Monday, 31 August 2009

American Black Tern, 30/8

Late on 28th, news broke of an apparent juvenile American Black Tern (surinamensis) at the slightly unexpected setting of Farmoor Reservoir (Oxon). Due to various reasons, I sacked off going on the 29th, playing it cool and eventually going on the Sunday morning.
The bird wasn't exactly difficult to find. Farmoor is great; it's really easy to see everything on a couple of concrete bowls. Sure enough, the obliged for the next hour or so (albeit at distance) as I viewed from the causeway, along with my fellow Bank Holiday Sunday dudes. The bird itself was splendid; a wonderful marsh tern with dusky flanks and underwings, dark grey rump and upperside and grey (as opposed to black) crown. What helped (and indeed made the record so remarkable) was that both confusion species, both 'European' Black and White-winged Black Terns, were present alongside it:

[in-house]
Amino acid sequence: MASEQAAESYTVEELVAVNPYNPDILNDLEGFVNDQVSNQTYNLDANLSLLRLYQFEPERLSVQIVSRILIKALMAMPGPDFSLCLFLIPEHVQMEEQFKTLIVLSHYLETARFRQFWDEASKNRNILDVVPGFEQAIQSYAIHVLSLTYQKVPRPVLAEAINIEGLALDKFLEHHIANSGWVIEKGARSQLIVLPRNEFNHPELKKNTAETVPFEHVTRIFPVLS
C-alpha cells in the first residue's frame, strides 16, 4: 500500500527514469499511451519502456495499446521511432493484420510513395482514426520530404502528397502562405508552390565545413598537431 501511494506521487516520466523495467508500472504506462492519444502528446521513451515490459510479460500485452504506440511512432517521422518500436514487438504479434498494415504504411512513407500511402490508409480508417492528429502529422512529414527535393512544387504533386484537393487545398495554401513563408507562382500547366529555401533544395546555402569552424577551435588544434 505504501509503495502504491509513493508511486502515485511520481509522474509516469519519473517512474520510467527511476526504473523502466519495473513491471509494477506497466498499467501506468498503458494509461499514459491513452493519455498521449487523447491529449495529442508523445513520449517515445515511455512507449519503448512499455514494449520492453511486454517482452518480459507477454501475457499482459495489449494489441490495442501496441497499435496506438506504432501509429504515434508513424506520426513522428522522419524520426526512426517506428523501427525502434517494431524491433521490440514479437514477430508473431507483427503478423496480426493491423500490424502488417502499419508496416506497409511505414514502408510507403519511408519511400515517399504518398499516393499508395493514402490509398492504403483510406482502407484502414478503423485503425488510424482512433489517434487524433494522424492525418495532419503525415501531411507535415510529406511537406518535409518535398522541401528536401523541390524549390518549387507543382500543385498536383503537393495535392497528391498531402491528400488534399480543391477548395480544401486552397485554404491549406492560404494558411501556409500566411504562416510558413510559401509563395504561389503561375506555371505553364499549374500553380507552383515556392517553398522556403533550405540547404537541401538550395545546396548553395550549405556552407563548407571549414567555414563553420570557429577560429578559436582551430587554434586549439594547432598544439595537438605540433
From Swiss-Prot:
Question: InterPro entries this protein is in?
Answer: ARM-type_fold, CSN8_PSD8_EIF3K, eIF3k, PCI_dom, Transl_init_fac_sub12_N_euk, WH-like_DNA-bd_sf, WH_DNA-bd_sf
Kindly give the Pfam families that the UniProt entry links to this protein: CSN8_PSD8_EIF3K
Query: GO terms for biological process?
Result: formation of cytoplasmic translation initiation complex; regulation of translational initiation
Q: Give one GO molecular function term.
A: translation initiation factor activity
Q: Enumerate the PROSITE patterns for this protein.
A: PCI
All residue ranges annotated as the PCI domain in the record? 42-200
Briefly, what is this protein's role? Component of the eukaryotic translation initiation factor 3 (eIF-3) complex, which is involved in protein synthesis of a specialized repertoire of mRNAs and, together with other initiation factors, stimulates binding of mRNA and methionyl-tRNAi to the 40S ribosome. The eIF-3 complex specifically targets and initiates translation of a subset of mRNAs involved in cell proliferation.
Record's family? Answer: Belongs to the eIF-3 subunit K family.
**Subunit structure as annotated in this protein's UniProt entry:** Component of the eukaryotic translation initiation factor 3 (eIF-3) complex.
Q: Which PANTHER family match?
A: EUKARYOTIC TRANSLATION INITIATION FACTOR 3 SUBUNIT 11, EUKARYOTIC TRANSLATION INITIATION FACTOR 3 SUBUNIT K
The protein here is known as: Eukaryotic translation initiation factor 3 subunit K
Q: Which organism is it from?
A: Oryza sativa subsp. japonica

Left to right: leucopterus in flight, niger (middle) and surinamensis

I guess it will be some time before (if ever?) such a trio will ever show up on the same body of water again. Being able to compare the three side-by-side revealed a few things, not least the size and structure of surinamensis appearing more akin to that of leucopterus. In flight, it also seemed to resemble its White-winged cousin more than Black, and spent much of it's time associating with the former. This allowed for fantastic comparison between the clean, crisp White-winger and the much darker, duskier American Black. So, perhaps not a good candidate for a split (you only have to look at the DNA to realise that), but certainly a charismatic and distinctive subspecies that I would certainly recommend seeing.

Above: Upperside...
... and underside

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